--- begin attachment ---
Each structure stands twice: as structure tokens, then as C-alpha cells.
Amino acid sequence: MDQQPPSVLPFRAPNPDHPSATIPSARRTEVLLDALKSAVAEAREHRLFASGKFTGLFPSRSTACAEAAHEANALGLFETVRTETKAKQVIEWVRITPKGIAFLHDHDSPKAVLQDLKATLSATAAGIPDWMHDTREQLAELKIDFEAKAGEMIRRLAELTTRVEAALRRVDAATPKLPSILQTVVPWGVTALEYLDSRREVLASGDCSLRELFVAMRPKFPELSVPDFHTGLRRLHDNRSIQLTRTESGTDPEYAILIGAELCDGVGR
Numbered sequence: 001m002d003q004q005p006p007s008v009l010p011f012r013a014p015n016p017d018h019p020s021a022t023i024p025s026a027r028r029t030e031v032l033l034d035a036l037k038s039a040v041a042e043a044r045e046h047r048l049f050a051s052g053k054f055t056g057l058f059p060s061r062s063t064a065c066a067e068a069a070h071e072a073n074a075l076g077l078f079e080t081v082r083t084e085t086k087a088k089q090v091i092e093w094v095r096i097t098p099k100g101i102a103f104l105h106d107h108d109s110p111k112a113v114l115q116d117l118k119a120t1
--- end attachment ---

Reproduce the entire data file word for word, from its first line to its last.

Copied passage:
Each structure stands twice: as structure tokens, then as C-alpha cells.
Amino acid sequence: MDQQPPSVLPFRAPNPDHPSATIPSARRTEVLLDALKSAVAEAREHRLFASGKFTGLFPSRSTACAEAAHEANALGLFETVRTETKAKQVIEWVRITPKGIAFLHDHDSPKAVLQDLKATLSATAAGIPDWMHDTREQLAELKIDFEAKAGEMIRRLAELTTRVEAALRRVDAATPKLPSILQTVVPWGVTALEYLDSRREVLASGDCSLRELFVAMRPKFPELSVPDFHTGLRRLHDNRSIQLTRTESGTDPEYAILIGAELCDGVGR
Numbered sequence: 001m002d003q004q005p006p007s008v009l010p011f012r013a014p015n016p017d018h019p020s021a022t023i024p025s026a027r028r029t030e031v032l033l034d035a036l037k038s039a040v041a042e043a044r045e046h047r048l049f050a051s052g053k054f055t056g057l058f059p060s061r062s063t064a065c066a067e068a069a070h071e072a073n074a075l076g077l078f079e080t081v082r083t084e085t086k087a088k089q090v091i092e093w094v095r096i097t098p099k100g101i102a103f104l105h106d107h108d109s110p111k112a113v114l115q116d117l118k119a120t1